0
$\begingroup$

i have the following problem:

given a variable $x \in \mathbb{R}$ drawn from a Gaussian distribution with known mean $\mu$ and unknown precision $\tau$ (the inverse of the variance). So: $$p(x \vert \tau) = \mathcal{N}(x; \mu, \tau^{-1})$$

Now we assume as our prior that $\tau$ is Gamma distributed: $$p(\tau) = \mathcal{G}(\tau; k, \theta) = \frac{\tau^{k-1}}{\Gamma(k)\theta^k} \exp\left(\frac{-\tau}{\theta}\right)$$

The goal now is to compute the posterior distribution : $p(\tau \vert x)$

What I have so far:

I want to calculate the posterior via the Bayes theorem: $$p(\tau \vert x) = \frac{p(x \vert \tau) \cdot p(\tau)}{\int p(x \vert \tau) \cdot p(\tau) d\tau}$$ After doing some calculations I came up with $$p(x \vert \tau) \cdot p(\tau) = \frac{\tau^{k-1}}{\sqrt{2 \pi \tau^{-1}} \cdot\Gamma(k)\theta^k} \exp\left(-\frac{(x - \mu)^2}{2\tau^{-1}} + \frac{-\tau}{\theta}\right)$$

So is there any other way than integrating this term and to some nasty calculations or is this the way I have to go? Or am I completely wrong here using the Bayesian approach?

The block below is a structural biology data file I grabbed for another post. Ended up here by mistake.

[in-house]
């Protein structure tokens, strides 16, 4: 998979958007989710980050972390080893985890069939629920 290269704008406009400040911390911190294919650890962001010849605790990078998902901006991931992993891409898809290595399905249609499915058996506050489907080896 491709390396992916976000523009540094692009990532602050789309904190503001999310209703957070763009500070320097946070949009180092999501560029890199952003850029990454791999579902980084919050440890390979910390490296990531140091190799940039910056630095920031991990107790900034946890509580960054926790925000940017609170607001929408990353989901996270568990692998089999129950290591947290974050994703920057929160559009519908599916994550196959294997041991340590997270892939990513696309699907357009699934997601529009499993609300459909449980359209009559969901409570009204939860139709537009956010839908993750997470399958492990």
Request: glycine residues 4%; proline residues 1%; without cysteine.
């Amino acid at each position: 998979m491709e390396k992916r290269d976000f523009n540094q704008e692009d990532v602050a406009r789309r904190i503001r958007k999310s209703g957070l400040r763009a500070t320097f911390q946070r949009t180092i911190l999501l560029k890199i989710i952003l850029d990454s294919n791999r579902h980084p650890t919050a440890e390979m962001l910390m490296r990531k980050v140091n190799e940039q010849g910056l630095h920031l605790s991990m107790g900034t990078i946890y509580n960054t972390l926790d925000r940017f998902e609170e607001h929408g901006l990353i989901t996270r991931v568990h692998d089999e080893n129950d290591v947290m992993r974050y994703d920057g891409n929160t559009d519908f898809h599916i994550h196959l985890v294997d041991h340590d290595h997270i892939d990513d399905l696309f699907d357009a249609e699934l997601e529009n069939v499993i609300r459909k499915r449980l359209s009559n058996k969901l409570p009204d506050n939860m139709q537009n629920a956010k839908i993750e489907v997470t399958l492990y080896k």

Tanks for answers!

$\endgroup$
0
$\begingroup$

There is an error in you posterior formula, normalization should be wrt $\tau$. The correct formula is

\begin{equation} p(\tau|x)=\frac{p(x|\tau)p(\tau)}{\int d\tau p(x|\tau) p(\tau)} \end{equation}

You have that

\begin{equation} p(x|\tau)p(\tau)\propto \tau^{k-\frac{1}{2}}e^{-\tau\Bigg(\frac{(x-\mu)^2}{2}+\frac{1}{\theta}\Bigg)} \end{equation}

which is proportional to $\mathcal{G}\Bigg(\tau,k-\frac{1}{2},\Bigg(\frac{(x-\mu)^2}{2}+\frac{1}{\theta}\Bigg)^{-1}\Bigg)$ for the purposes of integration in $\tau$ and thus you can calculate the renormalization constant. I leave to you the details of the calculation and collecting all factors.

$\endgroup$
  • $\begingroup$ oh yes, you are right. Thank you! $\endgroup$ – pprime May 21 at 16:22

Your Answer

By clicking “Post Your Answer”, you agree to our terms of service, privacy policy and cookie policy

Not the answer you're looking for? Browse other questions tagged or ask your own question.